Released February 1, 1917, Her Scrambled Ambition is a one-reel Black Diamond Comedy filmed and produced by the United States Motion Picture Corporation (USMPC) in Wilkes-Barre, Pennsylvania. The film was distributed by Paramount Pictures.
A summary of the film appeared in the February 24, 1917 issue of The Moving Picture World.
As of the writing of this article (October 22, 2012) no prints of this film are known to survive. If you have any information about the film, please contact us.
The USMPC received a copyright for this film (#10312) on February 17, 1917. In the copyright information, the USMPC included the following synopsis, which is here digitized by King’s College student Ashley Panko:
“Her Scrambled Ambition”
A Black Diamond Comedy in one reel [unreadable] by
The United States Motion Picture Corpor[unreadable] Barre, PA.
Susie Speed is out of a job again. Sue sits [unreadable]ed-room and scans the morning paper while consuming her coffee [unreadable] she reads an account of Sarah Slickford the movie queen whose [unreadable] 400,000.00 a month and contrasts it with her last job at 4.00 [unreadable]ding an ad., “Comedian wanted” at a local studio, she decides to [unreadable] “movies.” She jumps into her clothes and [unreadable] wild lash on [unreadable] she rea- [unreadable] There she [unreadable] gives her a try-out [unreadable] own a tall tree, after which [unreadable] onto the rim. She tries [unreadable] poles, running on the telephone [unreadable] The race starts but halfway around the course her car [unreadable] opponent, gets the lead. Not to be defeated Sue fastens a [unreadable] of the car and tows it down the street. She gains on the [unreadable] whips her “Flivver” around on the chain and beats the [unreadable] line.
This delights the director who tells her [unreadable] try her out in a real scene. They repair to the studio where [unreadable] present a low cafe and saloon are a dozen husky “rough-necks” [unreadable] director explains the scene to all. Sue is to be in the cafe when the gangs try to kidnap her and she is to resist. The director tells her, “Now put up the fight of your life”. When the scene stats Sue is determined to land the job or die trying and she puts up a terrific battle, beating up the gang who attack her and smashing everything in the set. She even knocks over the walls of an adjoining set where a dramatic company is working and ruins their scene and their set.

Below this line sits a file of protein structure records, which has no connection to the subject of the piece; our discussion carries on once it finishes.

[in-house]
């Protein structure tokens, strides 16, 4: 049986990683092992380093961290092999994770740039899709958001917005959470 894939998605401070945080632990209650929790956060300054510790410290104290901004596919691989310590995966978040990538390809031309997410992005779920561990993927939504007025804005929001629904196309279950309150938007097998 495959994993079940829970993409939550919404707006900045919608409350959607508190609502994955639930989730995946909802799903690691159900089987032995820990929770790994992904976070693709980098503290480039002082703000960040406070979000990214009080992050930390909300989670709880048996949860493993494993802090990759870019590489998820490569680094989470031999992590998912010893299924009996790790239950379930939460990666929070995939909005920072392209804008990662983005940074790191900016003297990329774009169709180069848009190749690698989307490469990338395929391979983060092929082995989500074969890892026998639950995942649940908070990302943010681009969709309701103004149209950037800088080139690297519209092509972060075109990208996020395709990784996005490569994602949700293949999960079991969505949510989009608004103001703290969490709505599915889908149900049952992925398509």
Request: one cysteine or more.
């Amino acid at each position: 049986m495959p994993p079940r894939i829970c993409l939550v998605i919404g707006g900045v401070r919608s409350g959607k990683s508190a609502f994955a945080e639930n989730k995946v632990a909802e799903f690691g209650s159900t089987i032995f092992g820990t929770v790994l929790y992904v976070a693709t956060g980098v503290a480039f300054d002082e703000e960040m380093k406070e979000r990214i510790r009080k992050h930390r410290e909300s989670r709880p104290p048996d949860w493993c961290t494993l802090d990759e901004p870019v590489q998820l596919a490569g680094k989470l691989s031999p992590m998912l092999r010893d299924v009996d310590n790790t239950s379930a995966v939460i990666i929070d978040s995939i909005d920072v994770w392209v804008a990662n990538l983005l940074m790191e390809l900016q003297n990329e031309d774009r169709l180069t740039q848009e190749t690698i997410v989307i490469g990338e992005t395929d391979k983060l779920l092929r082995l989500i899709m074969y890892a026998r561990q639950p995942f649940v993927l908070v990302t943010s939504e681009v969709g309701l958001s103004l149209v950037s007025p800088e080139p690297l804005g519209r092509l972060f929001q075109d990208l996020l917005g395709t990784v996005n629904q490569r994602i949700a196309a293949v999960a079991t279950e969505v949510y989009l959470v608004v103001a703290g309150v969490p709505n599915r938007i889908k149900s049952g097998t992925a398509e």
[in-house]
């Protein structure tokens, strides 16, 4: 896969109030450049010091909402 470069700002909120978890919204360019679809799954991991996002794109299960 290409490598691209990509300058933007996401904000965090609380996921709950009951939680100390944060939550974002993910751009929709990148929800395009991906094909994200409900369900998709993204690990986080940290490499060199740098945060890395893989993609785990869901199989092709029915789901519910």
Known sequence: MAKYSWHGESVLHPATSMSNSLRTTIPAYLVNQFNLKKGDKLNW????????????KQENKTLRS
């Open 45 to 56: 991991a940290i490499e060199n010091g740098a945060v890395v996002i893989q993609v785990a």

The director, who has been enjoying all this, now yells to the gang to stop her. They bear down on Sue who retreats to a brick wall with an archway and there turns at bay. As the gang approach, Sue tears a brick out of the side of the arch and throws it at them with such good effect that she repeats the trick. Soon she is tearing bricks out of [unreadable] ful and bombarding the gang with them. At last the arch is so weakened that it collapses and Sue is buried under the bricks.
She is rescued by the director who congratulates her and tells her that the job is hers. She is delighted and with visions of a 10,000 salary she asks him what she will receive.He replies, “9.00 a week” at which Sue knocks herself in the head with a brick and passes away.
The foregoing story was written by James O. Walsh, Rex A. Taylor, and Horace G. Plimpton Jr. all citizens of the United States and in the employ of United States Motion Picture Corporation.